Where a manufacturer sells products to his distributor subject to territorial restrictions upon resale, a per se violation of the Sherman Act results. And, as we have held, the same principle applies to restrictions of outlets with which the distributors may deal and to restraints upon retailers to whom the goods are sold. Under the Sherman Act, it is unreasonable without more for a manufacturer to seek to restrict and confine areas or persons with whom an article may be traded after the manufacturer has parted with dominion over it. . . . On the other hand, as indicated in White Motor, we are not prepared to introduce the inflexibility which a per se rule might bring if it were applied to prohibit all vertical restrictions of territory and all franchising, in the sense of designating specified distributors and retailers as the chosen instruments through which the manufacturer, retaining ownership of the goods, will distribute them to the public. Such a rule might severely hamper smaller enterprises resorting to reasonable methods of meeting the competition of giants and of merchandising through independent dealers, and it might sharply accelerate the trend towards vertical integration of the distribution process. . . .

 388 U.S. 365 at 379-80, 87 S. Ct. 1856, 18 L. Ed. 2d 1249. The aforementioned statements suggest that a mere vertical restraint contained in a contract would constitute a per se violation of Section 1 of the Sherman Act if it could be shown that the manufacturer parted with title or dominion over goods at the time of shipment to a wholesaler or distributor. However, the Court also observed that Schwinn had enforced the vertical restrictions at bar:


In any event, it is clear and entirely consistent with the District Court's findings that Schwinn has been "firm and resolute" in insisting upon observance of territorial and customer limitations by its bicycle distributors and upon confining sales by franchised retailers to consumers, and that Schwinn's "firmness" in these respects was grounded upon the communicated danger of termination.

 388 U.S. at 372.

 Courts have generally refused to interpret Schwinn as condemning, without more, contract clauses containing vertically imposed territorial restrictions. Thus, it has been held that vertical territorial restrictions do not violate the per se rule unless the restriction is resolutely enforced by the manufacturer, Redd v. Shell Oil Co., 524 F.2d 1054, 1058 (10th Cir. 1975); Williams v. Independent News Co., 485 F.2d at 1111 (Adams, J., dissenting); Janel Sales Corp. v. Lanvin Parfums, Inc., 396 F.2d 398 (2nd Cir. 1968), or the restriction is necessary to safeguard the distribution of a potentially dangerous product, Tripoli v. Wella Corp., 425 F.2d 932 (3d Cir. 1970). See generally Copper Liquor, Inc. v. Adolph Coors Company, 506 F.2d 934, 945-45 (5th Cir. 1975).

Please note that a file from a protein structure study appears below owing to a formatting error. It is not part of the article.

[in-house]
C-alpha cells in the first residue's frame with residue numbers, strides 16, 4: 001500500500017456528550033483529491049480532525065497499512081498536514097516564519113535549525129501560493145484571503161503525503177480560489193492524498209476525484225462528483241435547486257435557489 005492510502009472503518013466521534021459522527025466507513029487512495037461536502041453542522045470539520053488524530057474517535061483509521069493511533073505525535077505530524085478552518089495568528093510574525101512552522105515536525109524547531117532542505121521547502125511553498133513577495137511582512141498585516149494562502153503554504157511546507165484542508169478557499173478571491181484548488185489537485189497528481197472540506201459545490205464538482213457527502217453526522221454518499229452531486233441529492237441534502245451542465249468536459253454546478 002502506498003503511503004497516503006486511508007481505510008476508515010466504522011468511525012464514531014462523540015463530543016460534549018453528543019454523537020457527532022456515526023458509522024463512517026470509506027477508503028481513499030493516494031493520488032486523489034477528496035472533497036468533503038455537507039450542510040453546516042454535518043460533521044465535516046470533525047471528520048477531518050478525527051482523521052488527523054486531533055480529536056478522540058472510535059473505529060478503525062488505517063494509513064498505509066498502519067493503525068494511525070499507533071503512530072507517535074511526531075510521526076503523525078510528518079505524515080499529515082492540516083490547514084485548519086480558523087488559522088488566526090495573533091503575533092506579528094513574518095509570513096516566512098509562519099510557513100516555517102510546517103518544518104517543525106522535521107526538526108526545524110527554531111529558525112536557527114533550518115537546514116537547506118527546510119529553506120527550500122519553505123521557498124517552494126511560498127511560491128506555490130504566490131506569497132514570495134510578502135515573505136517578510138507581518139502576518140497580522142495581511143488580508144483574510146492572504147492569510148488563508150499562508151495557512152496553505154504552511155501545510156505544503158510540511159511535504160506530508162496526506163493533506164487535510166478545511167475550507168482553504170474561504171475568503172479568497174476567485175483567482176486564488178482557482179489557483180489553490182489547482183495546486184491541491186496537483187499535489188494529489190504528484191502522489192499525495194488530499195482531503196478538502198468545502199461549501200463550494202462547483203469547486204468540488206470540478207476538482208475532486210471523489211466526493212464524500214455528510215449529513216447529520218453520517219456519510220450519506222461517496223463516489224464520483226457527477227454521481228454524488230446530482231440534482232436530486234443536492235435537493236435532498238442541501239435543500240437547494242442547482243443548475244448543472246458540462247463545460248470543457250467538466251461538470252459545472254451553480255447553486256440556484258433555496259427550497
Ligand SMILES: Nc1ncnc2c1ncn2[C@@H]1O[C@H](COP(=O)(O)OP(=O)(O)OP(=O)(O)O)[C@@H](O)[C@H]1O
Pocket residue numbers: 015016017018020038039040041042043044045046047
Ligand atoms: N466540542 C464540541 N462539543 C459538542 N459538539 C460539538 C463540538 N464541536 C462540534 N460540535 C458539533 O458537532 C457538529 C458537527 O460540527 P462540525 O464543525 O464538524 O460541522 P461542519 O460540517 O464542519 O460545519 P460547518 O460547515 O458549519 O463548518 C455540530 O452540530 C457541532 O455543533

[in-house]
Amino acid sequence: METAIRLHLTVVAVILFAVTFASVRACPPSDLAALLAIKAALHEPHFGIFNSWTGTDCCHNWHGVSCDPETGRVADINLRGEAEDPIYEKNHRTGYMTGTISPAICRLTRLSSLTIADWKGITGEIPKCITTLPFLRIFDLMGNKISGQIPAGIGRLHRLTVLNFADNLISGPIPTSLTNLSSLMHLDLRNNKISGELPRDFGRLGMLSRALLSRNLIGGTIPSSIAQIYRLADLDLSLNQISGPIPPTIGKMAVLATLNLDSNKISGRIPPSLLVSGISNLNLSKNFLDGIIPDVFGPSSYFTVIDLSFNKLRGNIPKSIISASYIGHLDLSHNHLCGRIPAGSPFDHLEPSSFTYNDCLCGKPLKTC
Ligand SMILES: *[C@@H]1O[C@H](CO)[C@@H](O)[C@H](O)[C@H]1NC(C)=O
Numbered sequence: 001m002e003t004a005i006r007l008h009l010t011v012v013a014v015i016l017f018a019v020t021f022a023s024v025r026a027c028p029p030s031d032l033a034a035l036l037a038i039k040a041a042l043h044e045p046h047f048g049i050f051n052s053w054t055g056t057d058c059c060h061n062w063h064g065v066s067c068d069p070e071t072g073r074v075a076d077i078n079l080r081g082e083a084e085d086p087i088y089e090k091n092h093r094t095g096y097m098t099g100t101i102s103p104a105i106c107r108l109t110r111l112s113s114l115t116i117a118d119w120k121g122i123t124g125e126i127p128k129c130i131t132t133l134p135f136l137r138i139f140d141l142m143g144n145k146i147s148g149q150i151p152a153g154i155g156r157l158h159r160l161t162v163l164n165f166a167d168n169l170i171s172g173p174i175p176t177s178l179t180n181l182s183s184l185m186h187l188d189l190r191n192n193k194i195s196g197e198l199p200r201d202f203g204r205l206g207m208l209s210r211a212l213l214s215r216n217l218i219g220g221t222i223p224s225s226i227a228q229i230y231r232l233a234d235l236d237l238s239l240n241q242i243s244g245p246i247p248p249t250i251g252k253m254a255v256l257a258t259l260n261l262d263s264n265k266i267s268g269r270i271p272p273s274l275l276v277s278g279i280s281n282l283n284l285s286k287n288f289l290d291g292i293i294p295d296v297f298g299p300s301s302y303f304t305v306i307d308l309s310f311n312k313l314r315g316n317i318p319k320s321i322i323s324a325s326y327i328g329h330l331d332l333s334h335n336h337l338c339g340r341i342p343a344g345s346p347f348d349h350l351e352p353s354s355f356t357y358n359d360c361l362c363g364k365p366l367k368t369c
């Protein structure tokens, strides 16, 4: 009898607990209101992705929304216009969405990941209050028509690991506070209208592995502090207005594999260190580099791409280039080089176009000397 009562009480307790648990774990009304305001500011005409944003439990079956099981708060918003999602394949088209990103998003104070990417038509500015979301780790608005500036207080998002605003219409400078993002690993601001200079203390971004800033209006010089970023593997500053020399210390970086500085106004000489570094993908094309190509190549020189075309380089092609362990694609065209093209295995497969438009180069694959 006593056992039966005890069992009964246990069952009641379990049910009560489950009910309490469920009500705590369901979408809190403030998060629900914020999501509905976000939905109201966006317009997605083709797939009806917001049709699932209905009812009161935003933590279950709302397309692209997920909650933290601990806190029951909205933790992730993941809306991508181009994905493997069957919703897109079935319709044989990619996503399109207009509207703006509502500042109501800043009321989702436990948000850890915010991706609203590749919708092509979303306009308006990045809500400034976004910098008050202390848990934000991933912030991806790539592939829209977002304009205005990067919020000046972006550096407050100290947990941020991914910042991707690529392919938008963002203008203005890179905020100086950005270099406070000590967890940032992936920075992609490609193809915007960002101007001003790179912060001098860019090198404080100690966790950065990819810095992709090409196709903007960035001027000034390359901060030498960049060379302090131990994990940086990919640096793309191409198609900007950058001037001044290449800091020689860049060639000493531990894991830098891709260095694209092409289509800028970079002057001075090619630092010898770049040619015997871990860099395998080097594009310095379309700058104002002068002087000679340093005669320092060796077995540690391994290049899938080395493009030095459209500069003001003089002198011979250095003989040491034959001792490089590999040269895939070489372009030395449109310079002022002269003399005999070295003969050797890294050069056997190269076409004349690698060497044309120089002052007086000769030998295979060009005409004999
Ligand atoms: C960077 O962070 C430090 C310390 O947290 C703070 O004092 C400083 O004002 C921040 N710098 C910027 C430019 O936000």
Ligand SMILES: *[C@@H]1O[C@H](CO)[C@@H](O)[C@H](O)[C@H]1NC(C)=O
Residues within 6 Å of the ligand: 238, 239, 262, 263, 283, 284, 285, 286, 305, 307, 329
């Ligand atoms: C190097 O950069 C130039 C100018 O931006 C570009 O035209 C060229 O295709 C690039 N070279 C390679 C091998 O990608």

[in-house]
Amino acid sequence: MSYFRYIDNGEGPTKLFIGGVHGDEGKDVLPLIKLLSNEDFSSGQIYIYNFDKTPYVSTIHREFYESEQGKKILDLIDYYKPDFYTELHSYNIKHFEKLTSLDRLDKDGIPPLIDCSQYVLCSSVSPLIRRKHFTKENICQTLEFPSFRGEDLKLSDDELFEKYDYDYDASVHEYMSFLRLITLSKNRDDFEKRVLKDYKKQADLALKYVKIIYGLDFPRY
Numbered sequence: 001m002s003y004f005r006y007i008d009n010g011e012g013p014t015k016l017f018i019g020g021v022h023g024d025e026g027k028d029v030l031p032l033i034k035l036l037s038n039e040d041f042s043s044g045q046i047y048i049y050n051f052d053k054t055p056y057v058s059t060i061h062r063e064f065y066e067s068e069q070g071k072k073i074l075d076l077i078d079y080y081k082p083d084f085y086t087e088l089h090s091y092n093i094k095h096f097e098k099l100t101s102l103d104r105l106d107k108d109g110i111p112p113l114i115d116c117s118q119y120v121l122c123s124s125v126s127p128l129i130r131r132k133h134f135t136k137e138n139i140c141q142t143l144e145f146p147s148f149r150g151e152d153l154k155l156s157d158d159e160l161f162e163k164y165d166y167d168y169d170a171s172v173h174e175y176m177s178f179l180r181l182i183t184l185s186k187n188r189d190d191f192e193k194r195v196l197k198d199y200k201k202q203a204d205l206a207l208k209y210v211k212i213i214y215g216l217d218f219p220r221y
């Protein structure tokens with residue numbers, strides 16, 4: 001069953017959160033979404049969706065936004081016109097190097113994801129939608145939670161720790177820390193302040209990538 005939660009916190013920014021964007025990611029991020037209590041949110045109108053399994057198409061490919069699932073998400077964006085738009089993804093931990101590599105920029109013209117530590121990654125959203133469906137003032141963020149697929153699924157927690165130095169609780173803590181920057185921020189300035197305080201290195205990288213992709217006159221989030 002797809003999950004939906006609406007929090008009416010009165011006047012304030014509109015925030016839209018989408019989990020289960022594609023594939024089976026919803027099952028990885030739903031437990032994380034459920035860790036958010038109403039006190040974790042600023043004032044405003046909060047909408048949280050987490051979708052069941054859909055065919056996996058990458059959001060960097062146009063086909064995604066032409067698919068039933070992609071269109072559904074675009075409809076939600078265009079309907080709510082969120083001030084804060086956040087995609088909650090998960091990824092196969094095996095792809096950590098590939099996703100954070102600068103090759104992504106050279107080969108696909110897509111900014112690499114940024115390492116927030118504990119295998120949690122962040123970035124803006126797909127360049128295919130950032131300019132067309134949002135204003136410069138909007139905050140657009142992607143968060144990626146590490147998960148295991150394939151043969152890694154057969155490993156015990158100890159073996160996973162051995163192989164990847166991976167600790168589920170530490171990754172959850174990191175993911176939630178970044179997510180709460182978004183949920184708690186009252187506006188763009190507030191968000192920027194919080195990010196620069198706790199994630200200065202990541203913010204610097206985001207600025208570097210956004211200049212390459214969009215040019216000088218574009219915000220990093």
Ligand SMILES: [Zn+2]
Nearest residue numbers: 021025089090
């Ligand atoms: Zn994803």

However, in the opinion of this court none of the above principles, distinguishing the applicability of the per se rule in Schwinn, are controlling with respect to the matter at bar. PMD has not argued that automobiles are of such a special nature as to require the protection of territorial restriction in their distribution and resale. Furthermore, in my view, the actual enforcement of a contract clause containing a vertical territorial restriction is not critical to an application of the per se rule enunciated in Schwinn. Obviously, a territorial restriction is inserted in a franchise contract by a manufacturer so that it may be enforced if the need therefor should arise. Since the restriction is part of the contract, the manufacturer will be in a position to enforce the provision and assert a legal right thereunder. Thus, it makes little difference that the restriction is firmly enforced or not. Undoubtedly, the manufacturer will invoke its rights under the provision when it is in the manufacturer's interest to do so.

 Although the aforementioned exceptions to the per se rule are not applicable here, I am unable, nevertheless, to conclude that the vertical restriction contained in Section 5 of the Uniform Agreement is illegal per se under Schwinn. In that regard, I find controlling a recent analysis of Schwinn by the Ninth Circuit of the Court of Appeals. In GTE Sylvania Inc. v. Continental T.V., Inc., 537 F.2d 980 (9th Cir. 1976), that Court refused to apply the per se rule of Schwinn to invalidate a "location" properly determined the legality of such provisions.

 The Court in GTE Sylvania noted that in Schwinn the "territorial restrictions were tied to customer restrictions . . . ." in the sense that wholesale distributors were prohibited from selling products to purchasers located outside the territory assigned to the wholesaler, whereas in GTE Sylvania the franchised dealers were free to sell to anyone:


In marked contrast, Sylvania franchised at least two dealers in the major markets and each Sylvania dealer was free to sell to any buyer he chose - preserving intrabrand competition and allowing to every potential purchaser of Sylvania products a reasonable choice between several competing dealers.